Virginia Institute of Marine Science
Frontiers in Marine Science
To understand the bioaccumulation and food web dynamics of persistent organic pollutants (POPs) as a function of species, age and sex in Antarctic mammals, blubber samples of 3 killer whales (Type C) and 77 pinnipeds (Weddell, Ross and crabeater seals) were collected from the Southern Ocean, Antarctica. They were analyzed for polychlorinated biphenyls (PCBs), organochlorine pesticides (OCPs) and polybrominated diphenyl ethers (PBDEs). ΣDDTs, Σ29PCBs and chlordanes (12 – 4,600, 13 – 1,600, and < 1.5 – 1,700 ng/g lipid, respectively) were the most abundant POPs. Killer whales typically displayed several times greater concentrations of POPs compared to seals, except for PBDEs. PCBs and PBDEs were consistently higher in adult crabeater and Weddell seal males, and in adult female Ross seals than in other sex and age groups reflecting an age accumulation and possible influence of segregated diet, foraging areas, and metabolic transformation rates. POPs concentrations significantly correlated with gene transcription of nuclear receptors involved in detoxification of contaminants and immune relevant cell mediators in the crabeater seals, indicating possible immunotoxic and deleterious health effects. This represents one of the largest studies on POPs in Antarctic marine predators and highlights the complexity of POPs bioaccumulation.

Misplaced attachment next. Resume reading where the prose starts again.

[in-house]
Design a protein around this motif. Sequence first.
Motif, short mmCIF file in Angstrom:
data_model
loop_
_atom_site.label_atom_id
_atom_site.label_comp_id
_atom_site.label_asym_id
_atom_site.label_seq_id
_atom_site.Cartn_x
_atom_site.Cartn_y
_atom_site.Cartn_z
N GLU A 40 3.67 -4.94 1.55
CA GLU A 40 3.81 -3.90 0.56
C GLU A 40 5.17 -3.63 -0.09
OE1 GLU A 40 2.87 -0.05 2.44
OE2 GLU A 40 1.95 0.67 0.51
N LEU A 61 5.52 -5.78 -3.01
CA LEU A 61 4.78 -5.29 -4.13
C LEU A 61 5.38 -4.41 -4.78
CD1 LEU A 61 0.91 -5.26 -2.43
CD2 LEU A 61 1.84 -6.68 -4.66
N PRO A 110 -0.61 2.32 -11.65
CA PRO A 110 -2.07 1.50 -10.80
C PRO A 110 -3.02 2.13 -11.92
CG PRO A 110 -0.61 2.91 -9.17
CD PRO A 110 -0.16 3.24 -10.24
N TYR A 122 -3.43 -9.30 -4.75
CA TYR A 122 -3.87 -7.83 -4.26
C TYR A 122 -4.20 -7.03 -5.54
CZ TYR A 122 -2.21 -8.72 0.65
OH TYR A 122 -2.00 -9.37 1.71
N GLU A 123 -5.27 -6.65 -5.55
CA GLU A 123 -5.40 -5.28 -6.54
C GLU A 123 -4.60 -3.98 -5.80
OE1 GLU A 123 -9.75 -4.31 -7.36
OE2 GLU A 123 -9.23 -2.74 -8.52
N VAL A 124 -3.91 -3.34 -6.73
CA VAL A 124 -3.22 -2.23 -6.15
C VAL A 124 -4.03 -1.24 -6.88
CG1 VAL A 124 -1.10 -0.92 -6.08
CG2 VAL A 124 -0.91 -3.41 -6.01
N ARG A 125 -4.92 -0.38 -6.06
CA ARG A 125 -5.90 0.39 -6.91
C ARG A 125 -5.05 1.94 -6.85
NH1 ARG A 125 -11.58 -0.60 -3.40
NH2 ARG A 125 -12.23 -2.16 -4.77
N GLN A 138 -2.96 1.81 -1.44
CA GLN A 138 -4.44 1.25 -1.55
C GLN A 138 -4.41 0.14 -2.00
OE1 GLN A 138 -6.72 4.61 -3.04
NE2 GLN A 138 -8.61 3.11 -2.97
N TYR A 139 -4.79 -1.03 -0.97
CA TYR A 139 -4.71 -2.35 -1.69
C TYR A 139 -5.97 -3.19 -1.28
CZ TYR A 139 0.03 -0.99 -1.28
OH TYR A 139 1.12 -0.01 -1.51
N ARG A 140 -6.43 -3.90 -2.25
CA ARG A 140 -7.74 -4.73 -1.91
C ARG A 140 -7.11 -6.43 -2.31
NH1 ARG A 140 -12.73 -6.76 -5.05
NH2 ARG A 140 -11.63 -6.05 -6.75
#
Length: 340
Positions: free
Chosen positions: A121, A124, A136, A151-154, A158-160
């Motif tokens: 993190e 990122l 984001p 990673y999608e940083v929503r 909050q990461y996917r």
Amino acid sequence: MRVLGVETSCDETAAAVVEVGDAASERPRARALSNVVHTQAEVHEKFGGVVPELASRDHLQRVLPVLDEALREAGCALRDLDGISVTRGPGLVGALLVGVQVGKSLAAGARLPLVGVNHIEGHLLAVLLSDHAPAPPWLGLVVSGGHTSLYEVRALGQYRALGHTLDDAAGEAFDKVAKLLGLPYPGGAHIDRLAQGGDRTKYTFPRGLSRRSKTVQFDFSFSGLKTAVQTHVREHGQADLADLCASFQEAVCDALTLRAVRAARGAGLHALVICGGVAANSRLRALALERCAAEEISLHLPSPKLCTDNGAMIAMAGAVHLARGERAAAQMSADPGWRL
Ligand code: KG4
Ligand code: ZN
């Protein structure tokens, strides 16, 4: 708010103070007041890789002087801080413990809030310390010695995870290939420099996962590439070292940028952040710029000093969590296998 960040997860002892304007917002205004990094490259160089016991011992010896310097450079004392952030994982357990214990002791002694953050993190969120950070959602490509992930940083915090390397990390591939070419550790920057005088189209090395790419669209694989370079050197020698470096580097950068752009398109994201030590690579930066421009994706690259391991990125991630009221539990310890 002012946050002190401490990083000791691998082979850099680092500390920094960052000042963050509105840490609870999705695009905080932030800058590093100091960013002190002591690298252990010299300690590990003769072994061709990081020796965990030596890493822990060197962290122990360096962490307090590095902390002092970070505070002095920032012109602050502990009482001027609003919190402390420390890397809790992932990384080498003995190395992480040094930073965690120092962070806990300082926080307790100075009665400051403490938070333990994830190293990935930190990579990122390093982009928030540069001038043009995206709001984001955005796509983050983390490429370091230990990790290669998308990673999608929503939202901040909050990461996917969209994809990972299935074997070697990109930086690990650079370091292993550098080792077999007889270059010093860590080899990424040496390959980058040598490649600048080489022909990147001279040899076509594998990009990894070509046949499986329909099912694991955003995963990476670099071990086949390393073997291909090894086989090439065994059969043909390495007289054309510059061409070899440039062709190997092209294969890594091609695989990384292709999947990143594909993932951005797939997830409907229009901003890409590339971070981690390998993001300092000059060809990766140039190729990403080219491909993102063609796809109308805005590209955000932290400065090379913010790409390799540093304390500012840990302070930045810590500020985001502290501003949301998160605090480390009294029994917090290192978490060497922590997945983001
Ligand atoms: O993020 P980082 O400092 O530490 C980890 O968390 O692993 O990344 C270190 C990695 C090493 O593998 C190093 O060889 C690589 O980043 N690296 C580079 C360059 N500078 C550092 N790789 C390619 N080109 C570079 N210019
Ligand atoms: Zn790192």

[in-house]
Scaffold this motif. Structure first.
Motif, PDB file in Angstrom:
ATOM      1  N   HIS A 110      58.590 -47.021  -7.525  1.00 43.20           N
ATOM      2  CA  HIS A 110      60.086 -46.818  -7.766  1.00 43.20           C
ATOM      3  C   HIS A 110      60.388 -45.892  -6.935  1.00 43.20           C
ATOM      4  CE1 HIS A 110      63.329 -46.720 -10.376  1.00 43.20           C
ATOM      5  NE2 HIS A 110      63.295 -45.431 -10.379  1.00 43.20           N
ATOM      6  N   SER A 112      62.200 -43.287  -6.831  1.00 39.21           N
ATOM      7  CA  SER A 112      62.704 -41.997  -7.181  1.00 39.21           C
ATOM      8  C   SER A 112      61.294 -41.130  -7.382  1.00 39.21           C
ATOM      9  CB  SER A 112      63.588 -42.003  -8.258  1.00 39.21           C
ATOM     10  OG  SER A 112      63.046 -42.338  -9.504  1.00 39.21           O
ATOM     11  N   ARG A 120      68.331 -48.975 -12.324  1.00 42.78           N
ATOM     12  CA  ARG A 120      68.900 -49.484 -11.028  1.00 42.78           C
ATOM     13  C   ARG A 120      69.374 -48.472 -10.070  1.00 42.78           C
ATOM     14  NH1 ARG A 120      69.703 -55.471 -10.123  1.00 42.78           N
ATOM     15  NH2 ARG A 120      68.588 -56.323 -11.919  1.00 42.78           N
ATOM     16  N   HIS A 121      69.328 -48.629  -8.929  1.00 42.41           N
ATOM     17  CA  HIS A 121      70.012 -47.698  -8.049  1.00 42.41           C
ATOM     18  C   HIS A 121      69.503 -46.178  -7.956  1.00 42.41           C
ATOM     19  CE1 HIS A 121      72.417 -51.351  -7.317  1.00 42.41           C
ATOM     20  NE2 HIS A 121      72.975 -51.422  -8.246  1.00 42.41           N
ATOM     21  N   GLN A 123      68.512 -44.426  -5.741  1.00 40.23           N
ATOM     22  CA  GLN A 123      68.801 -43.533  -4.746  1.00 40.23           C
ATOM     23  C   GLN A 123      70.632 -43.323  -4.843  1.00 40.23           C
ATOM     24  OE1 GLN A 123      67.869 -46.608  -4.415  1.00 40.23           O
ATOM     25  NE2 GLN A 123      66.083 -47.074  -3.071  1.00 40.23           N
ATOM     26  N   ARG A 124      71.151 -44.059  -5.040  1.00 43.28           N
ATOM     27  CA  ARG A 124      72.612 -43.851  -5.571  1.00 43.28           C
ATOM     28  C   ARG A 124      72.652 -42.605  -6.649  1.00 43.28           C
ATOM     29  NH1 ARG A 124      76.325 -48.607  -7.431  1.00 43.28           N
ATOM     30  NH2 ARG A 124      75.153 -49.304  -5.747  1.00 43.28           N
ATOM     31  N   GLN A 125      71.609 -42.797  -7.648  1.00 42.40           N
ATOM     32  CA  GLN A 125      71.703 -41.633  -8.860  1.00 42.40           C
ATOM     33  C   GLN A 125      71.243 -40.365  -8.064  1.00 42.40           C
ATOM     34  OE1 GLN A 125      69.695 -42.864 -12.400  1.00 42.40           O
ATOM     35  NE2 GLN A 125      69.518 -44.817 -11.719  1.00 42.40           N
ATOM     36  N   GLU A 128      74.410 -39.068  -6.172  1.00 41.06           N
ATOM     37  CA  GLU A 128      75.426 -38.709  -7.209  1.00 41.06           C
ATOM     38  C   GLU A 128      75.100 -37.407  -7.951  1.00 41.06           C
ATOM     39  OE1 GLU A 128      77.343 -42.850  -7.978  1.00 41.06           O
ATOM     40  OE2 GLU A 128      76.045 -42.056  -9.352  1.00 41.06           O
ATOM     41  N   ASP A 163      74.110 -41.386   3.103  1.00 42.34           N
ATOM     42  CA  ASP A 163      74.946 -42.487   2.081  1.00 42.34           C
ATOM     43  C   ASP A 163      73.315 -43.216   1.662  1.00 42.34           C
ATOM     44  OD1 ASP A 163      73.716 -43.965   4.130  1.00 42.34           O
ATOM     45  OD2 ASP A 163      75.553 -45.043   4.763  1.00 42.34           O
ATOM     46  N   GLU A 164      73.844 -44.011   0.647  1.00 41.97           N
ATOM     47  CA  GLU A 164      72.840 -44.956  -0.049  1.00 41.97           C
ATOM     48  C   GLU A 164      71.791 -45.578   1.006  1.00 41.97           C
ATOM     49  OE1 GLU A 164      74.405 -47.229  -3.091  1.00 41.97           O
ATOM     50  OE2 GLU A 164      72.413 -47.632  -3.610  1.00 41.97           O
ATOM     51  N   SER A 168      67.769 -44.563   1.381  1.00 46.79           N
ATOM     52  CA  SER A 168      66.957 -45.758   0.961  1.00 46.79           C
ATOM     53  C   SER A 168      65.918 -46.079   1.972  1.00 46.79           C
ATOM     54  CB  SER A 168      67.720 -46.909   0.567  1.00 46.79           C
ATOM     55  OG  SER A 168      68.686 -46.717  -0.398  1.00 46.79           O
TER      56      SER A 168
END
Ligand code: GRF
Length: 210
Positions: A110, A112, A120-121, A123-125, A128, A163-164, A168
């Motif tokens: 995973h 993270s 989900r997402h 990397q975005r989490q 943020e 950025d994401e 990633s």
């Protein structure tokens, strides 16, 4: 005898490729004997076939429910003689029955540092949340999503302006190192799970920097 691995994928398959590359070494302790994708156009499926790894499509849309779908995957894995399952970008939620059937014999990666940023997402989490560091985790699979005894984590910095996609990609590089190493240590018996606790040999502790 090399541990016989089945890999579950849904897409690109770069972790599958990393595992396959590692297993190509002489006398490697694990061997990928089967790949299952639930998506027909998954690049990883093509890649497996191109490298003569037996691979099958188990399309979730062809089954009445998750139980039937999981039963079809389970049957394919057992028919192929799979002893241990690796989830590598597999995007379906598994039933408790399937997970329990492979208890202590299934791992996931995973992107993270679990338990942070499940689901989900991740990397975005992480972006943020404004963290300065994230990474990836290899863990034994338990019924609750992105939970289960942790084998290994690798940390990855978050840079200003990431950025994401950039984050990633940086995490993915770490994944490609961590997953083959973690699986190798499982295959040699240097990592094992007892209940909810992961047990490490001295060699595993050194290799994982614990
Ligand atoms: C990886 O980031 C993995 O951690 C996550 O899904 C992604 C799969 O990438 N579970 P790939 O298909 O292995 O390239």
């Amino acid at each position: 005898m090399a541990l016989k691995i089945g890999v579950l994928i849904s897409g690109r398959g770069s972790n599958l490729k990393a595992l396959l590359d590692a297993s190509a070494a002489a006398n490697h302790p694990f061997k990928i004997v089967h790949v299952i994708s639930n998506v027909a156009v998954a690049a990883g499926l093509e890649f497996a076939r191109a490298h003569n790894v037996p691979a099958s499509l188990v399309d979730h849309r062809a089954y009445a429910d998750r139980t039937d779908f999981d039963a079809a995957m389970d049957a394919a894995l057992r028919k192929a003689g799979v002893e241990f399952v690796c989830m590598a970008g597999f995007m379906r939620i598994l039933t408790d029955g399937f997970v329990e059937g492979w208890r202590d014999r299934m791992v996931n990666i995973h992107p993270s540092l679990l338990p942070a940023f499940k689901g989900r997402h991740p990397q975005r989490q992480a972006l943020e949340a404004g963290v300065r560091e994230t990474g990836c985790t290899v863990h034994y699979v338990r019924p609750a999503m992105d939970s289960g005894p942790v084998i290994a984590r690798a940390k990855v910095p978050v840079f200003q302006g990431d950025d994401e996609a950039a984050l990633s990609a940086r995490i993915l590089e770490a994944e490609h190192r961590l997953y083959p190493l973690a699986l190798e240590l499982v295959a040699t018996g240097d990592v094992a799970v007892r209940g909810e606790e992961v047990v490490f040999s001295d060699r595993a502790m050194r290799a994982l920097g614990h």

Ross seal, Weddell seal, crabeater seal, killer whale, POPs, DDT, trophic magnification, gene transcription
Khairy, Mohammed; Brault, Emily; Dickhut, Rebecca; and et al, Bioaccumulation of PCBs, OCPs and PBDEs in Marine Mammals From West Antarctica (2021). Frontiers in Marine Science, 8(768715).